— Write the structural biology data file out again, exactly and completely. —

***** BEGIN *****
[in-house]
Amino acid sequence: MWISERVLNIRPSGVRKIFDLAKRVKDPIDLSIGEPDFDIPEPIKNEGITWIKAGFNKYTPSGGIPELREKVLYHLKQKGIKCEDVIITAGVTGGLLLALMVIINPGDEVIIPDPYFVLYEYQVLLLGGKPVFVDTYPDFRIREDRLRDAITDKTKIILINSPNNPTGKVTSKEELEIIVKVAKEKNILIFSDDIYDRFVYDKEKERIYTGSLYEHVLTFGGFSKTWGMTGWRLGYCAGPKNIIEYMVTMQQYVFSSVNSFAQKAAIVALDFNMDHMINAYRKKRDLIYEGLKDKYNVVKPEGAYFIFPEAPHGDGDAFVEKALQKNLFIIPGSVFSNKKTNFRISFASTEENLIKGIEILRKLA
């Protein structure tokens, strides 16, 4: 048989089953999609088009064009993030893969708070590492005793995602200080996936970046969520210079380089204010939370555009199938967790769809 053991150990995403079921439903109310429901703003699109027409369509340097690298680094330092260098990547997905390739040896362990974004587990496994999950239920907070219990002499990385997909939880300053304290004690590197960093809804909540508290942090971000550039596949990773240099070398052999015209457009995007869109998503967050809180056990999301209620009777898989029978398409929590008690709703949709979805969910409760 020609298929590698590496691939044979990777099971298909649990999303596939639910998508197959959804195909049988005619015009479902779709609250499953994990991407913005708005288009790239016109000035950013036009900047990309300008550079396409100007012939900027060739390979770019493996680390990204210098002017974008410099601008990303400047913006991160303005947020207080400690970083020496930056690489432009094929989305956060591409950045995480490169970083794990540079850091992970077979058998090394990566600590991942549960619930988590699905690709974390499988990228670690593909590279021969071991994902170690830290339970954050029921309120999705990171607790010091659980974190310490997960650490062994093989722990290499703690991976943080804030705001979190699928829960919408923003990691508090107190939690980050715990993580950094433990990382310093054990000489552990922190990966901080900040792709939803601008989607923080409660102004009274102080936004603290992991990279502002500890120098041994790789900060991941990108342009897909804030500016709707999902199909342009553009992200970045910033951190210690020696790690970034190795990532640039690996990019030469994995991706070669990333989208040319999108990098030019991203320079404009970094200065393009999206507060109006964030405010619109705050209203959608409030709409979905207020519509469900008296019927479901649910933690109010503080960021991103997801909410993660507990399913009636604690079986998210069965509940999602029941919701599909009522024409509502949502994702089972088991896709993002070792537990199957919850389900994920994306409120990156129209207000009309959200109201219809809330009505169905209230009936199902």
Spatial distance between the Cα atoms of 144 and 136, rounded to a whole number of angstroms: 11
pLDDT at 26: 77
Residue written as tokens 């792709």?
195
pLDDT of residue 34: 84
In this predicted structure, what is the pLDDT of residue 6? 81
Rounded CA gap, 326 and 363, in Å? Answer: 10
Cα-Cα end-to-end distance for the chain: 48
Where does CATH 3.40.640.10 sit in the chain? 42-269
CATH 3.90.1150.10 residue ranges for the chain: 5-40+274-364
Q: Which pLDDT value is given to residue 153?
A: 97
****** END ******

[in-house]
Amino acid sequence: MWISERVLNIRPSGVRKIFDLAKRVKDPIDLSIGEPDFDIPEPIKNEGITWIKAGFNKYTPSGGIPELREKVLYHLKQKGIKCEDVIITAGVTGGLLLALMVIINPGDEVIIPDPYFVLYEYQVLLLGGKPVFVDTYPDFRIREDRLRDAITDKTKIILINSPNNPTGKVTSKEELEIIVKVAKEKNILIFSDDIYDRFVYDKEKERIYTGSLYEHVLTFGGFSKTWGMTGWRLGYCAGPKNIIEYMVTMQQYVFSSVNSFAQKAAIVALDFNMDHMINAYRKKRDLIYEGLKDKYNVVKPEGAYFIFPEAPHGDGDAFVEKALQKNLFIIPGSVFSNKKTNFRISFASTEENLIKGIEILRKLA
């Protein structure tokens, strides 16, 4: 048989089953999609088009064009993030893969708070590492005793995602200080996936970046969520210079380089204010939370555009199938967790769809 053991150990995403079921439903109310429901703003699109027409369509340097690298680094330092260098990547997905390739040896362990974004587990496994999950239920907070219990002499990385997909939880300053304290004690590197960093809804909540508290942090971000550039596949990773240099070398052999015209457009995007869109998503967050809180056990999301209620009777898989029978398409929590008690709703949709979805969910409760 020609298929590698590496691939044979990777099971298909649990999303596939639910998508197959959804195909049988005619015009479902779709609250499953994990991407913005708005288009790239016109000035950013036009900047990309300008550079396409100007012939900027060739390979770019493996680390990204210098002017974008410099601008990303400047913006991160303005947020207080400690970083020496930056690489432009094929989305956060591409950045995480490169970083794990540079850091992970077979058998090394990566600590991942549960619930988590699905690709974390499988990228670690593909590279021969071991994902170690830290339970954050029921309120999705990171607790010091659980974190310490997960650490062994093989722990290499703690991976943080804030705001979190699928829960919408923003990691508090107190939690980050715990993580950094433990990382310093054990000489552990922190990966901080900040792709939803601008989607923080409660102004009274102080936004603290992991990279502002500890120098041994790789900060991941990108342009897909804030500016709707999902199909342009553009992200970045910033951190210690020696790690970034190795990532640039690996990019030469994995991706070669990333989208040319999108990098030019991203320079404009970094200065393009999206507060109006964030405010619109705050209203959608409030709409979905207020519509469900008296019927479901649910933690109010503080960021991103997801909410993660507990399913009636604690079986998210069965509940999602029941919701599909009522024409509502949502994702089972088991896709993002070792537990199957919850389900994920994306409120990156129209207000009309959200109201219809809330009505169905209230009936199902």
Spatial distance between the Cα atoms of 144 and 136, rounded to a whole number of angstroms: 11
pLDDT at 26: 77
Residue written as tokens 């792709």?
195
pLDDT of residue 34: 84
In this predicted structure, what is the pLDDT of residue 6? 81
Rounded CA gap, 326 and 363, in Å? Answer: 10
Cα-Cα end-to-end distance for the chain: 48
Where does CATH 3.40.640.10 sit in the chain? 42-269
CATH 3.90.1150.10 residue ranges for the chain: 5-40+274-364
Q: Which pLDDT value is given to residue 153?
A: 97